My blog last week on the National Park Service’s economic impacts of its Final Environmental Impact Statement has generated some interesting comments and a good discussion.
I wrote last week that the Outer Banks Chamber of Commerce is seeking businesses that participated in an economic survey on impacts. The businesses contacted by RTI International were kept confidential, and the chamber would really like to know more about them.
You might be interested to know that the chamber has heard from one business that confirmed it participated, and two that think maybe they did, that someone called them a long time ago and asked economic questions.
Maybe more will surface.
The discussion on the blog eventually branched out to include how the Park Service will pay for the new infrastructure that is required under the FEIS – new ramps, parking areas, pedestrian trails, soundside accesses, and interdunal roads.
The question was raised by Dennis Gray, aka Denny in Dayton, who asked:
I think the bigger question now is with the Federal budget cuts, what happens if the proposed alternative’s facility/roads/ramps construction can’t be funded? The proposed budget now has an $81 million cut in NPS construction (yet includes an additional $360 million for land acquisition, what does that tell you about the NPS direction?) Will they propose something they can’t execute?
Ted Hamilton, aka Salvo Jimmy, wrote:
You’ve raised a good question.
Can NPS legally put the restrictions of Alt F in place with no plan to provide in a timely manner the funded improvements required by Alt F such as additional ramps, interdunal roads, parking, etc.?
And Mike Berry responded with this:
The new ORV Management Plan (CFR Regulation) calls for new construction—parking, ramps, etc. Without that new costly construction the NPS is in violation of its enforceable regulation. Funding for such projects in NPS nation-wide looks pretty bleak these days. This funding issue is going to get interesting and Judge Boyle and SELC just might be in the national seashore management business for a while to come—now there’s a happy thought. Plenty of work for lawyers at taxpayer expense.
Actually, the issue of how these improvements – and other requirements called for in the FEIS – will be funded is still very murky, and does raise many interesting questions, not all of which the Park Service can answer – or wants to answer – at this point.
At a meeting with reporters in mid-December, Cape Hatteras National Seashore Superintendent Mike Murray talked in general terms about the new infrastructure and how it would be funded.
“We have designed the plan so that we don’t need additional base funding,” Murray said. “We got a good increase (in base funding) after the consent decree.”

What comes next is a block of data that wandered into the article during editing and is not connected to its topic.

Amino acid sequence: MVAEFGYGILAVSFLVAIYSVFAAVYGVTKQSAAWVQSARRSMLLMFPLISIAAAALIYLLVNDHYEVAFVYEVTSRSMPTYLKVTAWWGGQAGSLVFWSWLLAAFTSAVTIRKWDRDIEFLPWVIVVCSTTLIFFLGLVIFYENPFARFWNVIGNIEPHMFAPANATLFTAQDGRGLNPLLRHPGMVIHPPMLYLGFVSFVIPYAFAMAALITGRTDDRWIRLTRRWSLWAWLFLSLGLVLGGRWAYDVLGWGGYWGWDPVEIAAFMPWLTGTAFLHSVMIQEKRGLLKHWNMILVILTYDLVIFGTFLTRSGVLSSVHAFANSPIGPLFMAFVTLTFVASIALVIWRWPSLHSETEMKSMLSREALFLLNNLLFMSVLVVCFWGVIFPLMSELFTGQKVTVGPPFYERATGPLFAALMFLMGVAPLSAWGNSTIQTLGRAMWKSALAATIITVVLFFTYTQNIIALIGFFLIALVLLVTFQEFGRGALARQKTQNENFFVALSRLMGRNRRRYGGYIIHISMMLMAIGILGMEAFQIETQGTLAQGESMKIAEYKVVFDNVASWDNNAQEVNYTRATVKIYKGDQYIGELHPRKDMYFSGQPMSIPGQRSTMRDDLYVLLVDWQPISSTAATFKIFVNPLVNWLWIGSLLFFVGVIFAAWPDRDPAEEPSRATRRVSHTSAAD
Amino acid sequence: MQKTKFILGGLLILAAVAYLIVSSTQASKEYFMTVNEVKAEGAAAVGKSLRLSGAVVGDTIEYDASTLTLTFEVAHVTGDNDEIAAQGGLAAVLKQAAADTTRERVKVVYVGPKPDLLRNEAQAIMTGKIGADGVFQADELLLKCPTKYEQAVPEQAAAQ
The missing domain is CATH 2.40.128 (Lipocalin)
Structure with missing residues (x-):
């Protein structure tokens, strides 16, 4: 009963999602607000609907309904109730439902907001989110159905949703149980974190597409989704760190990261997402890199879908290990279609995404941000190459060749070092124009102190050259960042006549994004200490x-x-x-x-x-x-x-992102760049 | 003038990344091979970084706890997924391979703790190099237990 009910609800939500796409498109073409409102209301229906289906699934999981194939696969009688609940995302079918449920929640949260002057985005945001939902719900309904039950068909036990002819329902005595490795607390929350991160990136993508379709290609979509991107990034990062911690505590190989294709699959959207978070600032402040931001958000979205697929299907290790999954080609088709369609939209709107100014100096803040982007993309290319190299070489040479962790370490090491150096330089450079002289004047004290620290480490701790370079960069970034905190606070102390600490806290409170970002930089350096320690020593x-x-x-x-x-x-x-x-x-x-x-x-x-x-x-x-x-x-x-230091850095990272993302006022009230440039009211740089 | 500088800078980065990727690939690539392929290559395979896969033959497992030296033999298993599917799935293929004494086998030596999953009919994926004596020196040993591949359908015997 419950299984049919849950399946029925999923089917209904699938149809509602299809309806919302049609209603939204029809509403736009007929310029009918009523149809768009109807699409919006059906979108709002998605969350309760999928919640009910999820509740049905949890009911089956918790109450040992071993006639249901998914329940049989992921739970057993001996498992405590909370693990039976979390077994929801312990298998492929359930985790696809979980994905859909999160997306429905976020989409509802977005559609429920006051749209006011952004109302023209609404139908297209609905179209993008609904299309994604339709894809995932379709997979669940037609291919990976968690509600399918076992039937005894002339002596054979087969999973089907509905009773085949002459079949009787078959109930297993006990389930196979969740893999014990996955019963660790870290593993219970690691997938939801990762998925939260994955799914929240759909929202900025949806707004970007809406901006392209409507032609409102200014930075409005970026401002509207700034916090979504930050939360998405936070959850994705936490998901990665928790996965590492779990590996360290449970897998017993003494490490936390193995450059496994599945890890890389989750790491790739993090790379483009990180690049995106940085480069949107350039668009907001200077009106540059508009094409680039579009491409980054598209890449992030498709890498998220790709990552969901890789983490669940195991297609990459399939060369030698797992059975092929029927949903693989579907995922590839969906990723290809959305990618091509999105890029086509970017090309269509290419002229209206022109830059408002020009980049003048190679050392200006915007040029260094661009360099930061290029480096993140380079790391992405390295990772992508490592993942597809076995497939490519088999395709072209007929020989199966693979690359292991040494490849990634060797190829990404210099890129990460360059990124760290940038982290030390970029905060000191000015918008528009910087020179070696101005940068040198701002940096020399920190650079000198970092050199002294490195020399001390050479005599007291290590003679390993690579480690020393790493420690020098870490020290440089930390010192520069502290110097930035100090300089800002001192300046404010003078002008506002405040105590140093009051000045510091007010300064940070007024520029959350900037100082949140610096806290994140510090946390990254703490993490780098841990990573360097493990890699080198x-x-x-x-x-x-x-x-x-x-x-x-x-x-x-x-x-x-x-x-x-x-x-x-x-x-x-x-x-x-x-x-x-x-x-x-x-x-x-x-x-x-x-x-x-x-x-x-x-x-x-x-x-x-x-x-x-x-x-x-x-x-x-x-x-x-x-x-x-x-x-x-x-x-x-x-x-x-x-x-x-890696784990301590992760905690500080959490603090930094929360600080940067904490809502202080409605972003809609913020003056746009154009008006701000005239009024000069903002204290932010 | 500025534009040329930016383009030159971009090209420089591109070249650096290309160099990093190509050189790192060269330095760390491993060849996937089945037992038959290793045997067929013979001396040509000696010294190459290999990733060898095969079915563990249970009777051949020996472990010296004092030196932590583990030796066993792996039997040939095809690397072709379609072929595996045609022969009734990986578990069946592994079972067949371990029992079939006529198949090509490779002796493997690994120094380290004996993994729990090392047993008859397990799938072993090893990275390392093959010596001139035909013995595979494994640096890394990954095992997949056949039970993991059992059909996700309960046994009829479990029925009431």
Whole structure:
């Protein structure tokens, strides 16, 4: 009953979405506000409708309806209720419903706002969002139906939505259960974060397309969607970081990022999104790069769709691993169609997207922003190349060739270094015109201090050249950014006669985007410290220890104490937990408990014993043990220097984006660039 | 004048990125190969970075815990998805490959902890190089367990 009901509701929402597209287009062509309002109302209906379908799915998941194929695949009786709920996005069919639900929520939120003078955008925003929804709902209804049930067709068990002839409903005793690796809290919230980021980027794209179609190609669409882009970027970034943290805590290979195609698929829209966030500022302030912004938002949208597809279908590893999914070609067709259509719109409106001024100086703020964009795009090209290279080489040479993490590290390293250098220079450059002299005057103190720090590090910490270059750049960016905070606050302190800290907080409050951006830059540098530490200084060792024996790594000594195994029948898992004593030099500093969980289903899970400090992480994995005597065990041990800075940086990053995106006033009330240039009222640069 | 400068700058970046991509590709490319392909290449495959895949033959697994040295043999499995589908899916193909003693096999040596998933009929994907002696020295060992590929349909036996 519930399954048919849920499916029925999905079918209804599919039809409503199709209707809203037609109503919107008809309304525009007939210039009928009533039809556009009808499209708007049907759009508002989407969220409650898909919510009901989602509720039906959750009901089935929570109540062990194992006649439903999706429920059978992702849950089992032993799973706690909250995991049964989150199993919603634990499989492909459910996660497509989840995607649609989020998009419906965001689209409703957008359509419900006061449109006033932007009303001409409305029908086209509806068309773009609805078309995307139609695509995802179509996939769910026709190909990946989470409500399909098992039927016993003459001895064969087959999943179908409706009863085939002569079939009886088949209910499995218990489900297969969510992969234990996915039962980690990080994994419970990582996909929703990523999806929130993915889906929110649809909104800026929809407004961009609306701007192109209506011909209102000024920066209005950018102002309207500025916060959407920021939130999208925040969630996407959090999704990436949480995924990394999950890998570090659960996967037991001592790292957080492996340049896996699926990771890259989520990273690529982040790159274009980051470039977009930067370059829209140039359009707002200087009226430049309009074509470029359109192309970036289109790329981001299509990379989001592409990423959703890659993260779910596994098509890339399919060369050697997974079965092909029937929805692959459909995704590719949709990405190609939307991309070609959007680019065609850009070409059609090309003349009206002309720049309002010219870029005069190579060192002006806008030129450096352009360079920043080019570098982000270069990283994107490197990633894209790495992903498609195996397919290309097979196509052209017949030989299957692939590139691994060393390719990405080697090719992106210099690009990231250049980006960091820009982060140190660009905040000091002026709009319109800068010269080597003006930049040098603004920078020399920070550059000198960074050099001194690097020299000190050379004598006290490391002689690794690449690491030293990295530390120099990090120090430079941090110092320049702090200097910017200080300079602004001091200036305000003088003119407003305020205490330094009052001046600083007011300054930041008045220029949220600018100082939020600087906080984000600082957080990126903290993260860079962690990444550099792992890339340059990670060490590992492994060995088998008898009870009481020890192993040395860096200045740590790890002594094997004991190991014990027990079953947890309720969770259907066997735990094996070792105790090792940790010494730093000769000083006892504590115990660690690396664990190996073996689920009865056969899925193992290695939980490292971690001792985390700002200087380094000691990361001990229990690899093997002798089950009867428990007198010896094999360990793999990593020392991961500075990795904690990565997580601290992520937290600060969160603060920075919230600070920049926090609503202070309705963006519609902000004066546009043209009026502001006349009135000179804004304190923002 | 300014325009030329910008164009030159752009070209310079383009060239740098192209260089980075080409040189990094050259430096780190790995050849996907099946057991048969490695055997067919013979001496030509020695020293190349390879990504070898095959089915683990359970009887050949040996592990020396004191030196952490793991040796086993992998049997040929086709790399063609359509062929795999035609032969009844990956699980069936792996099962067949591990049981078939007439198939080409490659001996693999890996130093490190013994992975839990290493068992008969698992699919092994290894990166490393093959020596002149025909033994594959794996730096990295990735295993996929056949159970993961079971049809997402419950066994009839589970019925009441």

Murray said the park was now developing information about infrastructure improvement costs.
“The director (of the National Park Service) and the assistant director are aware that we need one-time start-up costs…It seems that we have support from Washington and Atlanta for the funds.”
Murray acknowledged the problem with “tight budgets,” but added that the Park Service has tried to design a “realistic” infrastructure improvement plan and that some of it can be accomplished at a low cost.
Deputy Seashore Superintendent Darrell Echols followed up that December conversation with an e-mail yesterday.
“We continue to operate under a Continuing Resolution until March 4, and as a result, we do not have details related to either the FY11 or FY12 budgets,” Echols said. “Both are being reviewed and discussed by Congress and the President, but until they determine final budgets, we are unable to provide any specifics. We simply do not know.
“As for the infrastructure improvements identified in the FEIS, the NPS continues to pursue various funding opportunities to implement these,” Echols continued. “We continue to anticipate that a combination of base funding and primarily ORV permit funds will be used to implement the improvements…”
Now comes the really interesting part.
Echols also wrote that “additional environmental compliance in the form of an EA (Environmental Assessment) is needed before these improvements can be made.”
And he said the actual improvement costs will be determined during the EA development.
So, there must be yet another environmental study before the park can make the infrastructure improvements that are required by the FEIS – or even know how much they will cost.
At the December meeting, Murray said park officials are hoping that one Environmental Assessment can be done to cover all of the improvements.
Also at the meeting, Cyndy Holda, the park’s public affairs specialist, added that the requirement for another environmental study was an irony not lost on park officials.
If this entire process had been completed when it was first required in the 1970s, another Environmental Assessment would not have been required.
It’s worth noting that an off-road vehicle plan was written and sent to Washington in 1978. But it was never finalized and published in the Federal Register.
Echols also answered a question about ORV permits and fees in his e-mail.
“Final ORV permit costs have also not been determined due to the budget uncertainty,” he said. “Whenever we have a final budget and obtain a clearer picture of the future, we can finalize the permit costs.”
Murray is still saying publically that a proposed ORV regulation will be made public this winter, that there will be 60 days of public comment, that the Park Service will take several months to assemble and respond to public comments, that a final rule will be issued late this summer, and that the rule, including permits, could be implemented as soon as fall.
Personally, I agree with Mike Berry when he says that federal Judge Terrence Boyle and the Southern Environment Law Center will be managing the seashore for a while to come.
There seems to no end to this rulemaking nightmare.